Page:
Hello again from the Cycle Atlanta Group!
It is week five, and we are in the process of addressing some technical challenges that have become apparent in the project. In particular, we are using R to “trim the ends” of bike trip data. The data from the Cycle Atlanta app looks like strings of coordinates, representing the motion of the user at points in time during a trip. So, in the interest of both anonymization — we wouldn’t want to map a user’s trip to his house — and a more accurate picture of a “trip,” we are working out an algorithm to trim the ends of trips without losing too much valuable information. We have found that bicycle speeds, within individual saved trips, begin and end with long sequences of zeroes or values near zero. We think that this is because users do not start and stop recording trips while in motion (which makes intuitive sense).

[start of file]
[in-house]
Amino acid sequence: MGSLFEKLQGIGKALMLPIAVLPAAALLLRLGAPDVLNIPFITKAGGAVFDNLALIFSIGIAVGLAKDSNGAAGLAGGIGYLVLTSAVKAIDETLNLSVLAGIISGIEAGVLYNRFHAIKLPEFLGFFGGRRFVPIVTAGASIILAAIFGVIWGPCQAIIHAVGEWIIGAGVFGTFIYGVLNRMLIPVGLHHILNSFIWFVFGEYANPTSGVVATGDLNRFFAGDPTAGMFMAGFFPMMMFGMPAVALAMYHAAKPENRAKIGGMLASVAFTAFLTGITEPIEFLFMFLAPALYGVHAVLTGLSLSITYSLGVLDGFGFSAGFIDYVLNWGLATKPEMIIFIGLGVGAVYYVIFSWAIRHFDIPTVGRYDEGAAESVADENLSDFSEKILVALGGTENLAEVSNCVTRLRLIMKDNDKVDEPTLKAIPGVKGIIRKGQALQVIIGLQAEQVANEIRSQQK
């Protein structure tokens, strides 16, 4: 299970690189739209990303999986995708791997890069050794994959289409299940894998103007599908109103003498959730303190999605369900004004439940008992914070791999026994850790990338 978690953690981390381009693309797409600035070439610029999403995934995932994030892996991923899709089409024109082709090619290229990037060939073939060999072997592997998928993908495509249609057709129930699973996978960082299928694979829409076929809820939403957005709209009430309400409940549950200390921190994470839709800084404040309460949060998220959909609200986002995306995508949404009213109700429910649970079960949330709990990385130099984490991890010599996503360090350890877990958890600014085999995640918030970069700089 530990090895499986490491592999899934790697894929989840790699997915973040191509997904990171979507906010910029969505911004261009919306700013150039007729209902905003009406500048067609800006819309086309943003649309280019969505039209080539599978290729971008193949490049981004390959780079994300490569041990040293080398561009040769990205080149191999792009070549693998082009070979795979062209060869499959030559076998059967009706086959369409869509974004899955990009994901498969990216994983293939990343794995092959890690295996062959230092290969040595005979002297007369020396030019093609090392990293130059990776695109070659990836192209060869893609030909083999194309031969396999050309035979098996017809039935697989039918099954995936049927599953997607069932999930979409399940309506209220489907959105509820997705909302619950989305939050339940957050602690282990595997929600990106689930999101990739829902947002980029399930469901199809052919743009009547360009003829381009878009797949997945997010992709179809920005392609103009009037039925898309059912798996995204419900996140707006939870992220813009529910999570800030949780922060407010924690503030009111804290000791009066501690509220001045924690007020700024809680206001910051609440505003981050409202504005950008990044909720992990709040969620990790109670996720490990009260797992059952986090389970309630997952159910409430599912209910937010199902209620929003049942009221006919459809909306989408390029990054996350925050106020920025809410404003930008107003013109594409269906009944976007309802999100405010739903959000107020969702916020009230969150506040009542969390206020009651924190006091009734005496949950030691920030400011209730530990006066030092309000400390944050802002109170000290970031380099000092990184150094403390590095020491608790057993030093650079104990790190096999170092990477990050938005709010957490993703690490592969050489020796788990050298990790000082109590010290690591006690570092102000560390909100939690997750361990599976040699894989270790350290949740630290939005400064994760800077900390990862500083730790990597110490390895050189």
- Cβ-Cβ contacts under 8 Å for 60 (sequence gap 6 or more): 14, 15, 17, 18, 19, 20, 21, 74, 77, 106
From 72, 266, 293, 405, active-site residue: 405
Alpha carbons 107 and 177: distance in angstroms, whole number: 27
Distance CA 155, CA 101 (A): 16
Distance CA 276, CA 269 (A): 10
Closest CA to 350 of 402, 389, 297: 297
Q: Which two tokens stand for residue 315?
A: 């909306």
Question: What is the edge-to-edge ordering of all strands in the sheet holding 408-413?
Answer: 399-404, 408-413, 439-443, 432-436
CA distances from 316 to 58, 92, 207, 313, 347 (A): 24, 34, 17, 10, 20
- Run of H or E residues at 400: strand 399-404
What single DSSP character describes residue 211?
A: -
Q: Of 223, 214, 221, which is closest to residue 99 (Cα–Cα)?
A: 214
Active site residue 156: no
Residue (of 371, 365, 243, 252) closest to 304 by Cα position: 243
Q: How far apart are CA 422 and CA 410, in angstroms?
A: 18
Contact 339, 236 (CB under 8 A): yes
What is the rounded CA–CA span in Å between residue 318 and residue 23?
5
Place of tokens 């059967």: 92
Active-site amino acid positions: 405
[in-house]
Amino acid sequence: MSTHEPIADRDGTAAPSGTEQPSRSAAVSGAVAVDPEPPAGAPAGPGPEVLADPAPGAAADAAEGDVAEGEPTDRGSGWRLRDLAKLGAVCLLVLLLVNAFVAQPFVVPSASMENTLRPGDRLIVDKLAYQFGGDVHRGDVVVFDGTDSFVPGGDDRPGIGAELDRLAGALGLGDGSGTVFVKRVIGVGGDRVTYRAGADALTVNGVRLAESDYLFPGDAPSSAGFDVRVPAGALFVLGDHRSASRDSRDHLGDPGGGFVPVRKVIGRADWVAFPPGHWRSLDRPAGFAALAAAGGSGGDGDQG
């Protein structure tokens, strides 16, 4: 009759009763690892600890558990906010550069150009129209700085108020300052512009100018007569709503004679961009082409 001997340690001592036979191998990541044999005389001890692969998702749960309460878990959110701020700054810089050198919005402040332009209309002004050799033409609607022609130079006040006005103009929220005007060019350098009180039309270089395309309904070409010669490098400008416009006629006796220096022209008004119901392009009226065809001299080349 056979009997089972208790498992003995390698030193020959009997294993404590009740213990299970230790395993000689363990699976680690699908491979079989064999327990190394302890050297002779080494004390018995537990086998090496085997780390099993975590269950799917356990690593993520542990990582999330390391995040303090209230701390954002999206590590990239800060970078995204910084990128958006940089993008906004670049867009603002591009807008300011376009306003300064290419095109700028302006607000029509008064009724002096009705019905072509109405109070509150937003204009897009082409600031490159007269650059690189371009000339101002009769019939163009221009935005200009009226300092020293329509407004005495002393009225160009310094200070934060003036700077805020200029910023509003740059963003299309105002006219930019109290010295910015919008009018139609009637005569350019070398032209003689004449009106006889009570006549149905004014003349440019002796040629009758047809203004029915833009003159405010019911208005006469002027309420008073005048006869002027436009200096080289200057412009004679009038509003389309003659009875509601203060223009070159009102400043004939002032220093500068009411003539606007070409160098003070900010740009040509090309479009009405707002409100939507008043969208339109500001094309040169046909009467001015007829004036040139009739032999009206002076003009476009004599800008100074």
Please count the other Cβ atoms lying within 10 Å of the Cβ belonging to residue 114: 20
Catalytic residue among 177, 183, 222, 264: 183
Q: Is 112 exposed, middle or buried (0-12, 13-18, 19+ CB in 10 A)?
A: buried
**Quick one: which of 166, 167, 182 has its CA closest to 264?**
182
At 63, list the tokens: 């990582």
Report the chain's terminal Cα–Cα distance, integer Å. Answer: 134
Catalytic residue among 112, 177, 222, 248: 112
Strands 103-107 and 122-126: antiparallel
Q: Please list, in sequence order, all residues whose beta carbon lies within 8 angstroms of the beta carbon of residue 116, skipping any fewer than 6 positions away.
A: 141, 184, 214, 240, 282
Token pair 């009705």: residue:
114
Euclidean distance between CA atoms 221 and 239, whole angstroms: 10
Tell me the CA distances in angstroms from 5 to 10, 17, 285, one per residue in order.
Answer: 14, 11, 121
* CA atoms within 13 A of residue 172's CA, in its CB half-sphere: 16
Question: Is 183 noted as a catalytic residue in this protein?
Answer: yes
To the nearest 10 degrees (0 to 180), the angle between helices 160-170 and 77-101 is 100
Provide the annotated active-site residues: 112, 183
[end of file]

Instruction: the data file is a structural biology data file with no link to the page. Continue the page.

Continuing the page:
We are also using R to remove signs of inaccurate signals within trip data. These “noisy” data points often result from weak GPS signals from users’ smartphones. Erratic signals make it difficult to accurately plot the path of a bike trip.
For much of the backend work with the Cycle Atlanta database (testing and writing scripts, and adding tables) we are using MySQL Dashboard.
Dr. Tony Giarrusso of the Georgia Tech School of City and Regional Planning (and the College of Architecture) has been involved with DSSG as well, providing tutorials in ArcGIS and personal help on more than one project, including this one. We will need to use this tool to map trips to existing roads, instead of plotting the raw coordinates of trips.
And, of course, keep checking our WordPress site, beccabikes.wordpress.com, to get to know the local urban cycling community with us!